In the wake of a global storm occasioned by its blacklisting by the US government, strong sales of its devices on its home soil helped Huawei register positive numbers as far as shipments go in the second quarter of 2019, data from research firm Canalys shows.
Strong smartphone sales in China, where it managed to register 38% market share after shipping 37.3 million smartphones in 3 months, helped Huawei cement its position as the second-biggest smartphone maker in the world, after Samsung.
Apple, which previously held on to the position, saw its fortunes go down with a drop in global market share to just under 10% occasioned by lower shipments of its iPhones when compared to a similar period last year.
Of the top 5 smartphone makers, Apple was the only one to register a drop year-over-year.
Besides Huawei, other Chinese smartphone makers, namely Xiaomi and Oppo, grew their market share. This is despite Beijing-based Xiaomi shipping slightly less smartphones (by 1%) in Q2 2019 than it did in Q2 2018. Apple’s drop was in the double digits – 13%.
Canalys notes that Apple’s iPhone XR, XS and XS Max, “are not differentiated enough to prompt its expanding installed base of customers to upgrade, while recent price cuts and an increased rate of trade-in has not been enough to offset the decline.”
The silver lining, however, was Apple’s “mid-range” iPhone, the iPhone XR. According to Canalys, the XR accounted for 37.5% of the Cupertino-based company’s shipments in the month of May.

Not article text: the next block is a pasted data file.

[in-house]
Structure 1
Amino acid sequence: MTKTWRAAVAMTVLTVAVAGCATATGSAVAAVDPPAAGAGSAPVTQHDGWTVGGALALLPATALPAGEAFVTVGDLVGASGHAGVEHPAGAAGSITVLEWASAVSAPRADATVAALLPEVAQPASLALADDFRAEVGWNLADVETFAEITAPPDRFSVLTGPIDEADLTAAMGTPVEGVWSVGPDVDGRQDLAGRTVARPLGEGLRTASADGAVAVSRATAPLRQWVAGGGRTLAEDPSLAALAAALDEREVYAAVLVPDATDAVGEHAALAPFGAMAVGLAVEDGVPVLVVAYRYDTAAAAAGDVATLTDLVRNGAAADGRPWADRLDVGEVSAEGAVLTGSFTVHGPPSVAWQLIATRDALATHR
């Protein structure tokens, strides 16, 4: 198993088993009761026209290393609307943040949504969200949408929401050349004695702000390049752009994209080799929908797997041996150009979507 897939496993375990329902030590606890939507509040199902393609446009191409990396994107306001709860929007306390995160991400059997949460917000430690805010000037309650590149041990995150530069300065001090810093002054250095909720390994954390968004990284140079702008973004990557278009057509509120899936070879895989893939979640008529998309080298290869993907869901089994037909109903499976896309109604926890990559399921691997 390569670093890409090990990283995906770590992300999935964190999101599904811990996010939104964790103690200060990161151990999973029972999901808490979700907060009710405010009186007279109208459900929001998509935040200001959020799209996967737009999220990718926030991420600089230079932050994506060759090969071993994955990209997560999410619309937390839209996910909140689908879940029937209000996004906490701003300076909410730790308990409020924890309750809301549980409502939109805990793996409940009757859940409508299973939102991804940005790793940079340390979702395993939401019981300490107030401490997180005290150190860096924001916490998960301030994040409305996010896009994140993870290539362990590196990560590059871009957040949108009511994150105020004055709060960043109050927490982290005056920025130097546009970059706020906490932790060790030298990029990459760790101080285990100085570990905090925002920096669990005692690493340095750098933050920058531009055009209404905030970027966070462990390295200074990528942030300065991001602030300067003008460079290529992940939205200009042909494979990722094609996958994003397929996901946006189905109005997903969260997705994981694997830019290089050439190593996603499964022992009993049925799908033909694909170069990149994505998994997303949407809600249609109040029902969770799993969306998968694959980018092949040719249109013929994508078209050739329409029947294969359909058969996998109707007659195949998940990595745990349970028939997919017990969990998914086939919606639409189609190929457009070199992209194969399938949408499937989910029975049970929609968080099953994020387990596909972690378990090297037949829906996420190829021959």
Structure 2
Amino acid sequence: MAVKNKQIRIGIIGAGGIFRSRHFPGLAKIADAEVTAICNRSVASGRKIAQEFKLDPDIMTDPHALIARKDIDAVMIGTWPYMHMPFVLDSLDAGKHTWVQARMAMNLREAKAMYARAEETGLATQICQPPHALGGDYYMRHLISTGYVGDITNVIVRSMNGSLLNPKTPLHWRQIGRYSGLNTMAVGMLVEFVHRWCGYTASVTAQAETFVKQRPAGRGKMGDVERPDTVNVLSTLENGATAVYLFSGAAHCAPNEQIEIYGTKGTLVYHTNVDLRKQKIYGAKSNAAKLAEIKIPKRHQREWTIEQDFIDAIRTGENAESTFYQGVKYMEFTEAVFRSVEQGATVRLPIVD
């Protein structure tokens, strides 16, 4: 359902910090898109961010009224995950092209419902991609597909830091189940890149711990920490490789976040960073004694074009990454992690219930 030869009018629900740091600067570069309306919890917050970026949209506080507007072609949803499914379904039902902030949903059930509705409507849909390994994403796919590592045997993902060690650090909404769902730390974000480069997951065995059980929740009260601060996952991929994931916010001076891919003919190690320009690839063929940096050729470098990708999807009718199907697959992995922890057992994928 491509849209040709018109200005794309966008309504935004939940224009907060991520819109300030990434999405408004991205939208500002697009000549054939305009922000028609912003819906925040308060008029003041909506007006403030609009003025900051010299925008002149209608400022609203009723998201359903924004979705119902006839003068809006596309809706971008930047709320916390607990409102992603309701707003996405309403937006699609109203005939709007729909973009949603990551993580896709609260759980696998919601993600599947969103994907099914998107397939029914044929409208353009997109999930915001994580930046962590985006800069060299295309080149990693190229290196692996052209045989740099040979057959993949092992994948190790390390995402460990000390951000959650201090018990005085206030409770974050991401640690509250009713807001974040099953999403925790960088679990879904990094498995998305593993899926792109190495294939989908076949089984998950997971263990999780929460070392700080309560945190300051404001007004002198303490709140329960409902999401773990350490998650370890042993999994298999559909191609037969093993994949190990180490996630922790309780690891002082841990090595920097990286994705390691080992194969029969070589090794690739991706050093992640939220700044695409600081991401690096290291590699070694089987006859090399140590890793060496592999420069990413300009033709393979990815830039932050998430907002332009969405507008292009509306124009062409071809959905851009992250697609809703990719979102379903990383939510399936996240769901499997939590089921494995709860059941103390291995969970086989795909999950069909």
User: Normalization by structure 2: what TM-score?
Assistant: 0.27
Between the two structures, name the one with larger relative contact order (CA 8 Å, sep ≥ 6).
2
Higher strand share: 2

Samsung shipped 76.9 million smartphone units in Q2 2019, an increase of 6% from a similar period in 2018. According to Canalys, Samsung’s decision to ditch its Galaxy J series of budget devices in favour of a more revamped Galaxy A series comprising of devices like the Galaxy A10, A20 all the way to the A80, paid early dividends in the quarter. Over half of Samsung’s shipments in Q2 were from the new Galaxy A lineup and the same is expected to be the trend for the remainder of the year.
The 2019 Galaxy A series of smartphones has allowed Samsung to get back at Chinese device makers Huawei, Xiaomi and Oppo who have previously encroached on markets it once dominated. The Korean smartphone maker had been slow to react to the onslaught from the Chinese.
Samsung benefitted a lot from Huawei’s troubles with the Western world over security concerns as those countries rolled out their 5G networks. Huawei, a darling for certain European markets like Spain and Italy, ceded some of its market share in Europe and Samsung was the biggest beneficiary, according to Canalys.
The decision by Donald Trump’s government to blacklist Huawei led to the Chinese device maker’s smartphone shipments standing at 21.4 million in Q2, a drop from the previous quarter.
Overall, 331.8 million smartphone units were shipped in Q2 2019, a drop of 2% from the 339.7 million shipped in Q2 2018.
According to another research firm, GfK, smartphone sales are expected to drop this year as well just as they have for the last few years.